Hawaii Government

This one is particularly disturbing. This traffic happened from my network while running the HolaVPN service inside of a Windows Sandbox. The user of BrightData appears to be circumventing controls put in place by the Hawaii Government preventing people from web scraping their website. Given the starter package on BrightData costs $500 a month they were willing to spend a lot of money to obtain this information, so it was clearly valuable to them. Unsuspecting users running the HolaVPN wouldn’t have a clue they were sharing their home and cellular networks with such activity.

Here we see web scraping activity against the Hawaii Capitals website

Chasing down porn redirects

Here you can see me chasing down porn redirects. The final result was an ashleymadison typo domain that goes by ashleyrndison[.]com. I reached out to ashleymadison via twitter but have got no response. I have witnessed a lot of porn going through various residential proxy networks that I have researched. Given the anonymity of these networks is so good I believe there is more going on than just porn ad fraud.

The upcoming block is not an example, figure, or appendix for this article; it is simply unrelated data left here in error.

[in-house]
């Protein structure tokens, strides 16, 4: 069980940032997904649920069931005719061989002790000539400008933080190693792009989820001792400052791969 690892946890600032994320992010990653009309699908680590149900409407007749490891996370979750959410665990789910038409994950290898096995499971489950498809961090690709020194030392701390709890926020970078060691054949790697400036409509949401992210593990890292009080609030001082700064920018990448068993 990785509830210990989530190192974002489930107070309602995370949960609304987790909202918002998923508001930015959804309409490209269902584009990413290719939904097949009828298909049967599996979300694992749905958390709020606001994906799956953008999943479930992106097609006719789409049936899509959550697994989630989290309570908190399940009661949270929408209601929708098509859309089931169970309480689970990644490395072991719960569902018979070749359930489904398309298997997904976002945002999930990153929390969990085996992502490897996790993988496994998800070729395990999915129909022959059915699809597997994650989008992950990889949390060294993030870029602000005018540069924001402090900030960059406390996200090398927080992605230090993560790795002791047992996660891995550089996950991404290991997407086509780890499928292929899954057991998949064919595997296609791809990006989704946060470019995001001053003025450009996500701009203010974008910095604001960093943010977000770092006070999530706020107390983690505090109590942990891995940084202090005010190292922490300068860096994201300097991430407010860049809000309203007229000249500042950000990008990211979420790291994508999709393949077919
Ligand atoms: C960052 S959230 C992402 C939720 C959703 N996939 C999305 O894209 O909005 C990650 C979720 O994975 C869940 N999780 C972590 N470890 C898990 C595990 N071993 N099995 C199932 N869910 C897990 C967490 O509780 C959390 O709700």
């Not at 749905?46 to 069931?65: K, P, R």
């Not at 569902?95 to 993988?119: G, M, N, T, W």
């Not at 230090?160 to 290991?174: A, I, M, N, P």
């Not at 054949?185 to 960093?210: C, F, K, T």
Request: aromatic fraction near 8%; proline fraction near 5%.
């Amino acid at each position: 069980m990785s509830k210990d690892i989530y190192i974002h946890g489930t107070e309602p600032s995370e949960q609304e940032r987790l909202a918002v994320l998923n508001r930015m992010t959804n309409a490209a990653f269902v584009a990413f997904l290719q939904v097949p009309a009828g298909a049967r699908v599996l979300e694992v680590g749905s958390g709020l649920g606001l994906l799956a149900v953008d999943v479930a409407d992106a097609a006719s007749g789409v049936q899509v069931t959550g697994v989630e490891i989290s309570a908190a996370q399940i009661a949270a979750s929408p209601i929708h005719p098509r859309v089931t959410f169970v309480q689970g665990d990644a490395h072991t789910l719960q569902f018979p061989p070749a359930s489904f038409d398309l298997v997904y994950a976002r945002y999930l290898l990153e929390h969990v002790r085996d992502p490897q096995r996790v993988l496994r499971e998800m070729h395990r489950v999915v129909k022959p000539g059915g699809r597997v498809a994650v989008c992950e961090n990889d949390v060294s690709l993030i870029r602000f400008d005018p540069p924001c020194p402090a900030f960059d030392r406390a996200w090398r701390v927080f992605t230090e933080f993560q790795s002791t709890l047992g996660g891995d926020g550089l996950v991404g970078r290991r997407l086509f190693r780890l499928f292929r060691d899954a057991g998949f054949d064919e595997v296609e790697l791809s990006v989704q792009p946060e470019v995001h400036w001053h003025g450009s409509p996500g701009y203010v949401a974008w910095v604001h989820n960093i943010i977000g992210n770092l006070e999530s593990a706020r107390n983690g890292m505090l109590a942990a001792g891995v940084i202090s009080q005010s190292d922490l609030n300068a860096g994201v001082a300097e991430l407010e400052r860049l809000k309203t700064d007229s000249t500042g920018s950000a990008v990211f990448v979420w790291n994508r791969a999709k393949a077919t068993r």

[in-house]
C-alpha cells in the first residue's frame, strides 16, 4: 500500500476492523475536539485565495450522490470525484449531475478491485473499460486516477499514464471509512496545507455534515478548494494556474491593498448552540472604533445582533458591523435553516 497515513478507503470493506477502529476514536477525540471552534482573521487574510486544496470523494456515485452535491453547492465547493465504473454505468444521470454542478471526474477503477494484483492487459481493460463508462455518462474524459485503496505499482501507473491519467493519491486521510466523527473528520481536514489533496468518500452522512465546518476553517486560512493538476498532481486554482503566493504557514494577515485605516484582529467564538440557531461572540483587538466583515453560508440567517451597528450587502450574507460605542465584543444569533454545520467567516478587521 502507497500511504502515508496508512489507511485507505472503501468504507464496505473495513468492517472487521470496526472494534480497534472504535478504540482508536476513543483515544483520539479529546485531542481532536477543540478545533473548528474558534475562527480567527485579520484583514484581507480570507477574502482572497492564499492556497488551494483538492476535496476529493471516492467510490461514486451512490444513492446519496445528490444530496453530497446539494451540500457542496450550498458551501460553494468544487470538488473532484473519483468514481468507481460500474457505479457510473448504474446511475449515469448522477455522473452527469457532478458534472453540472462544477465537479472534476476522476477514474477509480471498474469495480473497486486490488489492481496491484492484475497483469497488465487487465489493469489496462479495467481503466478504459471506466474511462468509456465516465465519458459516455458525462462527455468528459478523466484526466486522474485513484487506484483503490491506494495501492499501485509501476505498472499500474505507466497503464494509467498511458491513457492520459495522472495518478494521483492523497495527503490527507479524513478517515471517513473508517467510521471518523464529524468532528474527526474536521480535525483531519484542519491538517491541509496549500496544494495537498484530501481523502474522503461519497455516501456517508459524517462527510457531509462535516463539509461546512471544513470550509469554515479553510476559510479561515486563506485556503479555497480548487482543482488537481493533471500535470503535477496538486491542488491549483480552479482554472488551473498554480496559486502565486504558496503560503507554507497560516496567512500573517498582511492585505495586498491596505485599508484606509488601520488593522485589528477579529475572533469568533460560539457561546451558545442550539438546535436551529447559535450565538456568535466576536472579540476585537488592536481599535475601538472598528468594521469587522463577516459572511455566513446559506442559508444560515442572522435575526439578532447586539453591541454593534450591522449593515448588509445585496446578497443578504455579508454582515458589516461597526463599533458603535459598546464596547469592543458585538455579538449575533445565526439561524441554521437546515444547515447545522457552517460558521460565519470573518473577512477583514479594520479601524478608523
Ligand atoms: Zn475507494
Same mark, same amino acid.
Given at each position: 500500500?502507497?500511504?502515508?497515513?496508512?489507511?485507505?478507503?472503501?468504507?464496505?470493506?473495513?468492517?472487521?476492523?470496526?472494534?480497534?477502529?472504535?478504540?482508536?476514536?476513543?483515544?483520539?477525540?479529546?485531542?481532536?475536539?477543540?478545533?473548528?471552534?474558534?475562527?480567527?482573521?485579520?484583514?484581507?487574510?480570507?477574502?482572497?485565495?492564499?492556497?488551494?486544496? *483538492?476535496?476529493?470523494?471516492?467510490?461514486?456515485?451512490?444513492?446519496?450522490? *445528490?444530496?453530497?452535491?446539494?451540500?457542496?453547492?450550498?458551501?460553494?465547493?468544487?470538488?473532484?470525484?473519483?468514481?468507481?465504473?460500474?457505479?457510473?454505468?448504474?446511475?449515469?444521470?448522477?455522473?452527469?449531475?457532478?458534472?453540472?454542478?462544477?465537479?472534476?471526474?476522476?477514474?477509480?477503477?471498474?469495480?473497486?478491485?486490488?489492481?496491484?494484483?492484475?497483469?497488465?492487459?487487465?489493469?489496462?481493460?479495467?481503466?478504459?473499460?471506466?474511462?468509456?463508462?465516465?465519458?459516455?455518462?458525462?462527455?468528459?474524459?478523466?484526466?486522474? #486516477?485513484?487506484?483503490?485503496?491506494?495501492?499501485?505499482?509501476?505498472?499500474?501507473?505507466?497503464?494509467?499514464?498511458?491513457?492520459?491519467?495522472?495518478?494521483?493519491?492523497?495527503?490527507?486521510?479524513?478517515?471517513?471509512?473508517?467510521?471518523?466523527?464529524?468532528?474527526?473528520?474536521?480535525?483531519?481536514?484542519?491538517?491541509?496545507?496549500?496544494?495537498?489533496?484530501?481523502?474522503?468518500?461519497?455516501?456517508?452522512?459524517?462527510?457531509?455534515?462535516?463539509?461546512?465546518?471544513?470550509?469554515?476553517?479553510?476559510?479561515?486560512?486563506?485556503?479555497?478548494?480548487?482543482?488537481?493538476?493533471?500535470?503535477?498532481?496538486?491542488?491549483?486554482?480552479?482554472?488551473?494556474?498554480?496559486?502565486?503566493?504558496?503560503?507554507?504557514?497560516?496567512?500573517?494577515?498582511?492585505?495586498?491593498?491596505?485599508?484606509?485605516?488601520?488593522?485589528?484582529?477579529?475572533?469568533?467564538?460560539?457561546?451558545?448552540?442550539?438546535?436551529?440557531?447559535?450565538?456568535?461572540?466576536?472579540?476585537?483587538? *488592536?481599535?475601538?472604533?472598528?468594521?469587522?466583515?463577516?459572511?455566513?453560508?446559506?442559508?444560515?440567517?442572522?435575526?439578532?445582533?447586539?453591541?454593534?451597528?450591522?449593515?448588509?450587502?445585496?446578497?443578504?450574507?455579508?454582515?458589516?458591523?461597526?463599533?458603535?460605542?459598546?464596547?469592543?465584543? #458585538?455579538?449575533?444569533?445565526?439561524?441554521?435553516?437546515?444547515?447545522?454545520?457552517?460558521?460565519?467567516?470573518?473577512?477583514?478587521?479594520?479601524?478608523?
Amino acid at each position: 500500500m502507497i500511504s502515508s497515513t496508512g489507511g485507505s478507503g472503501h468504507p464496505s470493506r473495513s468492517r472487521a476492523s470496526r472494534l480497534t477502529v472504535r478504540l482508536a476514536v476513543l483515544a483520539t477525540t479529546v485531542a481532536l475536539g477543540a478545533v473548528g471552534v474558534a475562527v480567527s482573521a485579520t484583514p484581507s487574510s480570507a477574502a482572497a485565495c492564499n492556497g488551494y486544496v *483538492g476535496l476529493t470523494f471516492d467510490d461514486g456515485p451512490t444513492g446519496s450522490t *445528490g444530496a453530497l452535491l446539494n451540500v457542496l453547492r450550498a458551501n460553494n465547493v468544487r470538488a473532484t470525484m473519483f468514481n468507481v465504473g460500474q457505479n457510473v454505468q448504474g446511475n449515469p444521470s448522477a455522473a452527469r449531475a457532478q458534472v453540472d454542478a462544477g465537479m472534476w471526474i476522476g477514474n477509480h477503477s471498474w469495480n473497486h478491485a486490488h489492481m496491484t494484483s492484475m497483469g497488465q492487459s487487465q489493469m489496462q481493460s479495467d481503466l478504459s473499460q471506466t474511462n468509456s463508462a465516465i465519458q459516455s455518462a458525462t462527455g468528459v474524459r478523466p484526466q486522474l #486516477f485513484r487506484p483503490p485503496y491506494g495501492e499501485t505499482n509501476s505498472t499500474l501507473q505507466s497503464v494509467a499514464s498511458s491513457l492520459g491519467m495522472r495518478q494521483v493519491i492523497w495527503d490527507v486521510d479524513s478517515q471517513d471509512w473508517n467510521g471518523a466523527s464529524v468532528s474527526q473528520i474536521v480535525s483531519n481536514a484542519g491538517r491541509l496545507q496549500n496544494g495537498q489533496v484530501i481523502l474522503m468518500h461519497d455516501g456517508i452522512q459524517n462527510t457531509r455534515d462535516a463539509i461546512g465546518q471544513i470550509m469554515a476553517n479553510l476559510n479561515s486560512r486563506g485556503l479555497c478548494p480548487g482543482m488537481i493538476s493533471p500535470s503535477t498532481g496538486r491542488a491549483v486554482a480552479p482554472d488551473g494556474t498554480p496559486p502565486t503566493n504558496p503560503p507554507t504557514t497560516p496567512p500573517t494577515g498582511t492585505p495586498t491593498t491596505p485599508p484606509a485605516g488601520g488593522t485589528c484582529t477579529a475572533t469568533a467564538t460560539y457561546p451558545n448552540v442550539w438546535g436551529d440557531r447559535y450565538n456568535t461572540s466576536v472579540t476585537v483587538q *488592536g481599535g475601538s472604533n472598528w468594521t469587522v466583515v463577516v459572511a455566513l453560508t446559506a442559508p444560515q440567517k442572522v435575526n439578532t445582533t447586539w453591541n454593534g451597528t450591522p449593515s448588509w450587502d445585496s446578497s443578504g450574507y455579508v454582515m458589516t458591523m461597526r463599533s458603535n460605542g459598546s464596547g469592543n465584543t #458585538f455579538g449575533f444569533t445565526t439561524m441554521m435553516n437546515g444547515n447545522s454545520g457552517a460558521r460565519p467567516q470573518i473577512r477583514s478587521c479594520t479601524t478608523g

In this screenshot you can see the initial request that starts all the redirects.

Pennsylvania’s Department of Transportation DMV Website

Here we see a request to www.dmv.penndot.gov. They appear to be logging into the website. Why would you need a $500 a month residential proxy network to log into your own dmv accounts?

Suspected Credential Stuffing Pennsylvania DMV Website from the BrightData network
Pennsylvania DMV suspected Credential Stuffing

Interesting Twitter referral addresses

I identified some highly suspicious referral addresses in some traffic to Twitters’ twimg.com. I don’t know if it is search manipulation or intelligence collection. It is known that State sponsored threat actors use residential networks, but this doesn’t appear to be APT type activity.

Ticketmaster Scalping

I see this is how we get Taylor Swift tickets. Cool!

Ticket Scalping on ticketmaster


We do see straight up malware happening at times. Whether the customer to BrightData is infected or its the malware operator controlling their botnets is anyone’s guess.













Topics to add in the future

  • Who works there and what ties do they have to the government
  • How to prevent it from running on your network
  • What is HolaVPN doing with upnp
  • Are HolaVPN complacent in the crimes happening on there network
  • How can we distinguish ad fraud from ad verification
    • size of transfer potentially
  • Estimated Size of the network
  • What apps have been banned due to BrightData’s SDK
  • How did I setup my environment to evaluate them
    • What changes might I have made
  • Share code that I used to extract information
    • Python script to extract all dns queries from pcap
    • Python script to extract web sessions from pcap
    • Python script to screenshot all sites visited by my HolaVPN client
    • Python script to extract hostnames from IP SSL Certificates